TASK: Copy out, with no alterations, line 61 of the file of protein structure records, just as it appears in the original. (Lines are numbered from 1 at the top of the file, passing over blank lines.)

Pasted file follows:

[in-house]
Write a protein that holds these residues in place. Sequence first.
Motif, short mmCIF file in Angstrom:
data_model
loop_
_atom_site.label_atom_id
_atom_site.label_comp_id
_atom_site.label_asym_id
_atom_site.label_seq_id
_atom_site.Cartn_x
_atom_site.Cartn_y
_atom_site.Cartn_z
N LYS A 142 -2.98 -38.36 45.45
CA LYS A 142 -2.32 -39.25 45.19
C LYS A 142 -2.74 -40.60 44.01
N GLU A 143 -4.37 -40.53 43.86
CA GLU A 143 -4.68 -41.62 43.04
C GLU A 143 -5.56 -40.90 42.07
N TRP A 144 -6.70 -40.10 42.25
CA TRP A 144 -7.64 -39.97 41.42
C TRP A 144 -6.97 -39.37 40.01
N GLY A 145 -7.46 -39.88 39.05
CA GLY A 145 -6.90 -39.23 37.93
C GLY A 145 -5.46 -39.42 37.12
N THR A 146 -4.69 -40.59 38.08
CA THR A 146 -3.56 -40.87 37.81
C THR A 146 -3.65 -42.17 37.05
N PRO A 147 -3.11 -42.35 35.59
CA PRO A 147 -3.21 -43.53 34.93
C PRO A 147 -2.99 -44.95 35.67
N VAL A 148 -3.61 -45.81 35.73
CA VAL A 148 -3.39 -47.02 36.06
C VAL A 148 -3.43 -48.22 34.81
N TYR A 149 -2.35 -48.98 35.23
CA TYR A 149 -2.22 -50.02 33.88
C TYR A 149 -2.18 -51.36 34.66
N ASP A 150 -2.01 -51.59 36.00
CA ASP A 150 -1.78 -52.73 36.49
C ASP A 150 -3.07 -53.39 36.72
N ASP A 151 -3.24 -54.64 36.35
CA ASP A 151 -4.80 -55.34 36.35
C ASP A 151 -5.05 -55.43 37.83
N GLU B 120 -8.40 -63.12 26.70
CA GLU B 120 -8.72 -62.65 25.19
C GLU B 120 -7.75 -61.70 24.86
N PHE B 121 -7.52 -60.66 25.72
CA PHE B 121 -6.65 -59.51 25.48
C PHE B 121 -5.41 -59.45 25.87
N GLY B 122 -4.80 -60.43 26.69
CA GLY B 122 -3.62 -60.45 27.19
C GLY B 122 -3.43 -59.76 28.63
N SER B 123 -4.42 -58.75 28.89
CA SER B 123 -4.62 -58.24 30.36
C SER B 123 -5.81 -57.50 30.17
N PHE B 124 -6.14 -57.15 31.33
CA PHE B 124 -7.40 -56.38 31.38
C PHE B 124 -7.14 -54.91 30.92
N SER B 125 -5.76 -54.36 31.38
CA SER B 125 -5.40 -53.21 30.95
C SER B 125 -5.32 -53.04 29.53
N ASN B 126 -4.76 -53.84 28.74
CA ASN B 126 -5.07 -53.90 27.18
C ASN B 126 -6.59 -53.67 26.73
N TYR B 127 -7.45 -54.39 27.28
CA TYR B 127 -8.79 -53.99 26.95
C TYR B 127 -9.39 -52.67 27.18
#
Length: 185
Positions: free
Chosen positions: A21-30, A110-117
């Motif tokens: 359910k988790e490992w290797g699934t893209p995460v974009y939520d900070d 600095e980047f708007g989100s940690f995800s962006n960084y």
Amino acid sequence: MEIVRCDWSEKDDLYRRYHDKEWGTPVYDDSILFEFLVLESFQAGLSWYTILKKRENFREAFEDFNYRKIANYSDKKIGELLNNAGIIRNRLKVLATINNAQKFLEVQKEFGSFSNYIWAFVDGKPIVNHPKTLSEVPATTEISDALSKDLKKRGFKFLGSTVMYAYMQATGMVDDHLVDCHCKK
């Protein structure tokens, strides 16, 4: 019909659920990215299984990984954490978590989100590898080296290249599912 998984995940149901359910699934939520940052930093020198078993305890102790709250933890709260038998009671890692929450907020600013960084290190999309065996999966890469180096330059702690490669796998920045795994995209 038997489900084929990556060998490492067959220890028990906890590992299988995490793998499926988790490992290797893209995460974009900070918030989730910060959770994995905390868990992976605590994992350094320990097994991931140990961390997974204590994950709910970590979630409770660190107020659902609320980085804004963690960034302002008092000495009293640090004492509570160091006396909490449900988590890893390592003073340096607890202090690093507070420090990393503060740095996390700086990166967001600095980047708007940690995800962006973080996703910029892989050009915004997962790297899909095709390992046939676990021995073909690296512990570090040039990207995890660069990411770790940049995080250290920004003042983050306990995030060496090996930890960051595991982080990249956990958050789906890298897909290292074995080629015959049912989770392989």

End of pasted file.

N ASN B 126 -4.76 -53.84 28.74